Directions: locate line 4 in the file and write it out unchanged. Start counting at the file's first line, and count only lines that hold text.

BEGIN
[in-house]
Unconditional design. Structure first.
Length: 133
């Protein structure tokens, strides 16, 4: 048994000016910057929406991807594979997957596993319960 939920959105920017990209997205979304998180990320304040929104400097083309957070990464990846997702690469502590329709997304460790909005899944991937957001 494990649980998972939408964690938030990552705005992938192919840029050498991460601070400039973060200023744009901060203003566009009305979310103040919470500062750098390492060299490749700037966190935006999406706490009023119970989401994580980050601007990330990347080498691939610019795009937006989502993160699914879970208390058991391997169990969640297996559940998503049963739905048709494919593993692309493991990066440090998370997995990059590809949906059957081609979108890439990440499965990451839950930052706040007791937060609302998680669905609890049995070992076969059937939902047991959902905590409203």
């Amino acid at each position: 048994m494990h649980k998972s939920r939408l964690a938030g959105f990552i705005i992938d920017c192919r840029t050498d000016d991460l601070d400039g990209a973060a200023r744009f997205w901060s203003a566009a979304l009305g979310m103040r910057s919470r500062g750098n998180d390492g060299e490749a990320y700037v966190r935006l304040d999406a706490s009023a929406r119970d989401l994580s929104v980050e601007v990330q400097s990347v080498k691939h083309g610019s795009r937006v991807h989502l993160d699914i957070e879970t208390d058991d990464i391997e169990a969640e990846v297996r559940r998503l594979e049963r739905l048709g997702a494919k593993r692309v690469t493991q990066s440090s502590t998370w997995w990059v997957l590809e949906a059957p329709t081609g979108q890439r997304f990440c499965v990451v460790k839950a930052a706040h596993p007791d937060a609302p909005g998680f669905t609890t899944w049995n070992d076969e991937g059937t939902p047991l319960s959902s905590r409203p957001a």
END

């Protein structure tokens, strides 16, 4: 048994000016910057929406991807594979997957596993319960 939920959105920017990209997205979304998180990320304040929104400097083309957070990464990846997702690469502590329709997304460790909005899944991937957001 494990649980998972939408964690938030990552705005992938192919840029050498991460601070400039973060200023744009901060203003566009009305979310103040919470500062750098390492060299490749700037966190935006999406706490009023119970989401994580980050601007990330990347080498691939610019795009937006989502993160699914879970208390058991391997169990969640297996559940998503049963739905048709494919593993692309493991990066440090998370997995990059590809949906059957081609979108890439990440499965990451839950930052706040007791937060609302998680669905609890049995070992076969059937939902047991959902905590409203």